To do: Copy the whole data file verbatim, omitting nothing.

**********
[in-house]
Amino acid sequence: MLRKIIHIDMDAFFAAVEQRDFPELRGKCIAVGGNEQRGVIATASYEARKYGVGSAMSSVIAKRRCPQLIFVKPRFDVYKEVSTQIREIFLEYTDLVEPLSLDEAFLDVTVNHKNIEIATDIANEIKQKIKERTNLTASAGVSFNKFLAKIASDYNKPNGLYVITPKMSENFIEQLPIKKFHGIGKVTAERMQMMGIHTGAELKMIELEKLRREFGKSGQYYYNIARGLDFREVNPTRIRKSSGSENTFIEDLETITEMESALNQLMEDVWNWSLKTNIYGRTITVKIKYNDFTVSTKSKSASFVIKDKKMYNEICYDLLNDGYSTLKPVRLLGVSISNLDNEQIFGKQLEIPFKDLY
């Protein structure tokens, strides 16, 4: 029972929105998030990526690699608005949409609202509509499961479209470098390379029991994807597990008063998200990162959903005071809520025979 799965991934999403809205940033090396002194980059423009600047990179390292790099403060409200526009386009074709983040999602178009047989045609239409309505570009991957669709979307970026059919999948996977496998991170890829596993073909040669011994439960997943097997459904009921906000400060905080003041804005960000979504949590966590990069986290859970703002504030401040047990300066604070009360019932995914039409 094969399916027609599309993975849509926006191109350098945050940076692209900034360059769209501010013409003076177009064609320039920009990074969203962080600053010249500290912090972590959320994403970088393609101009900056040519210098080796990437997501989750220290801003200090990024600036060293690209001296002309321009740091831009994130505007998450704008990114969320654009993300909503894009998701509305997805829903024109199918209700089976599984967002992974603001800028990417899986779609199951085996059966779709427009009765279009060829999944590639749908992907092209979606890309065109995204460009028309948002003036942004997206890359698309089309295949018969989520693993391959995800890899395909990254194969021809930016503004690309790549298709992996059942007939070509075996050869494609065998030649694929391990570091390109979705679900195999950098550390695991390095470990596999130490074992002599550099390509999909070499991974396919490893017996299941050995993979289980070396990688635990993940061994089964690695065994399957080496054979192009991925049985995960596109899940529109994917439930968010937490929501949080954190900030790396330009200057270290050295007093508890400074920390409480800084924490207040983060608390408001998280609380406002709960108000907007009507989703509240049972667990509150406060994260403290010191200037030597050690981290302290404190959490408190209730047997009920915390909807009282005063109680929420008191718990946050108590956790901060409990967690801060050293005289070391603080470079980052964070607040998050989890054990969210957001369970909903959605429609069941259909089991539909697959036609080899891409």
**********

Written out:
[in-house]
Amino acid sequence: MLRKIIHIDMDAFFAAVEQRDFPELRGKCIAVGGNEQRGVIATASYEARKYGVGSAMSSVIAKRRCPQLIFVKPRFDVYKEVSTQIREIFLEYTDLVEPLSLDEAFLDVTVNHKNIEIATDIANEIKQKIKERTNLTASAGVSFNKFLAKIASDYNKPNGLYVITPKMSENFIEQLPIKKFHGIGKVTAERMQMMGIHTGAELKMIELEKLRREFGKSGQYYYNIARGLDFREVNPTRIRKSSGSENTFIEDLETITEMESALNQLMEDVWNWSLKTNIYGRTITVKIKYNDFTVSTKSKSASFVIKDKKMYNEICYDLLNDGYSTLKPVRLLGVSISNLDNEQIFGKQLEIPFKDLY
């Protein structure tokens, strides 16, 4: 029972929105998030990526690699608005949409609202509509499961479209470098390379029991994807597990008063998200990162959903005071809520025979 799965991934999403809205940033090396002194980059423009600047990179390292790099403060409200526009386009074709983040999602178009047989045609239409309505570009991957669709979307970026059919999948996977496998991170890829596993073909040669011994439960997943097997459904009921906000400060905080003041804005960000979504949590966590990069986290859970703002504030401040047990300066604070009360019932995914039409 094969399916027609599309993975849509926006191109350098945050940076692209900034360059769209501010013409003076177009064609320039920009990074969203962080600053010249500290912090972590959320994403970088393609101009900056040519210098080796990437997501989750220290801003200090990024600036060293690209001296002309321009740091831009994130505007998450704008990114969320654009993300909503894009998701509305997805829903024109199918209700089976599984967002992974603001800028990417899986779609199951085996059966779709427009009765279009060829999944590639749908992907092209979606890309065109995204460009028309948002003036942004997206890359698309089309295949018969989520693993391959995800890899395909990254194969021809930016503004690309790549298709992996059942007939070509075996050869494609065998030649694929391990570091390109979705679900195999950098550390695991390095470990596999130490074992002599550099390509999909070499991974396919490893017996299941050995993979289980070396990688635990993940061994089964690695065994399957080496054979192009991925049985995960596109899940529109994917439930968010937490929501949080954190900030790396330009200057270290050295007093508890400074920390409480800084924490207040983060608390408001998280609380406002709960108000907007009507989703509240049972667990509150406060994260403290010191200037030597050690981290302290404190959490408190209730047997009920915390909807009282005063109680929420008191718990946050108590956790901060409990967690801060050293005289070391603080470079980052964070607040998050989890054990969210957001369970909903959605429609069941259909089991539909697959036609080899891409």